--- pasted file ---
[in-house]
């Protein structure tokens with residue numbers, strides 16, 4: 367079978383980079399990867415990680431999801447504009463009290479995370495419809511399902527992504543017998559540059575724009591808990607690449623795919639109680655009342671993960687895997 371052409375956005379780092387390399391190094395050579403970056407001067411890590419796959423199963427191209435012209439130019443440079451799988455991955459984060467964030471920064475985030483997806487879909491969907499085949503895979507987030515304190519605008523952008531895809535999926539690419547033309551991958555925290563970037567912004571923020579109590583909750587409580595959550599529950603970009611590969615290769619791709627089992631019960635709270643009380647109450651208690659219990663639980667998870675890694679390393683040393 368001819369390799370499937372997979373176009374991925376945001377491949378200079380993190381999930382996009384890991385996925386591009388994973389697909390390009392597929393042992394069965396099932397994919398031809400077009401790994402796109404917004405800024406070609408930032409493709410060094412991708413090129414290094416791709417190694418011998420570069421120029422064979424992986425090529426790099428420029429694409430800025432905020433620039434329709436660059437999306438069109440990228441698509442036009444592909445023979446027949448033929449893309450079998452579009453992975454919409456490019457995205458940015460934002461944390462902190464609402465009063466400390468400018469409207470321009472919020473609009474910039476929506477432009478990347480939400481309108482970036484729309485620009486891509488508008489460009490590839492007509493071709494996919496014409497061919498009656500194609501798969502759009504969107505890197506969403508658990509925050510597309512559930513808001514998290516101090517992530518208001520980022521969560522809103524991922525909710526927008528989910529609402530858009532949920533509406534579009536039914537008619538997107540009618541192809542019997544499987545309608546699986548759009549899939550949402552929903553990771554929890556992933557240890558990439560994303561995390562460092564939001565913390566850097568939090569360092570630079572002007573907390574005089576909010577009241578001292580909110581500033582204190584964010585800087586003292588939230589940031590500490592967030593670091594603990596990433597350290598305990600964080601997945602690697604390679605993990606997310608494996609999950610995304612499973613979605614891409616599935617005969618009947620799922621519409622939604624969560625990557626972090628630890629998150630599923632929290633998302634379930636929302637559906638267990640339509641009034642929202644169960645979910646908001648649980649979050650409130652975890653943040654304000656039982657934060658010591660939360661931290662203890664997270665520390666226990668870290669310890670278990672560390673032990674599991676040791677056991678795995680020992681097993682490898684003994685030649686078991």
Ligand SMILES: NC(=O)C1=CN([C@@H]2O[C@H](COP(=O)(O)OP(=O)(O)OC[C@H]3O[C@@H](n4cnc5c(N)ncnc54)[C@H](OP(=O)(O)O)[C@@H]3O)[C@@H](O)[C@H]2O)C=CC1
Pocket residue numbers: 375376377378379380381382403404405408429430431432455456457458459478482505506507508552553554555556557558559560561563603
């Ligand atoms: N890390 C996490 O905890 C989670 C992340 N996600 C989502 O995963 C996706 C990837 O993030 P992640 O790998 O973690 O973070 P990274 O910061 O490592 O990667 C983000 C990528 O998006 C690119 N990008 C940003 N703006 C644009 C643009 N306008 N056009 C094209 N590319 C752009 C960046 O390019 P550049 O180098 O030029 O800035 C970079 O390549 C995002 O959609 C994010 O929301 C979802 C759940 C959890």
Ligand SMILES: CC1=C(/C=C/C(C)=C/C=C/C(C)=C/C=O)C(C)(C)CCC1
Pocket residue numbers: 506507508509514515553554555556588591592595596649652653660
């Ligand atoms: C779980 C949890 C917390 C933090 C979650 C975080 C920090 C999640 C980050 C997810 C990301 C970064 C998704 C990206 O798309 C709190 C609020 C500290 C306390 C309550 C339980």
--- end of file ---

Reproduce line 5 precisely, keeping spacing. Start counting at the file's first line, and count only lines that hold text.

């Ligand atoms: N890390 C996490 O905890 C989670 C992340 N996600 C989502 O995963 C996706 C990837 O993030 P992640 O790998 O973690 O973070 P990274 O910061 O490592 O990667 C983000 C990528 O998006 C690119 N990008 C940003 N703006 C644009 C643009 N306008 N056009 C094209 N590319 C752009 C960046 O390019 P550049 O180098 O030029 O800035 C970079 O390549 C995002 O959609 C994010 O929301 C979802 C759940 C959890």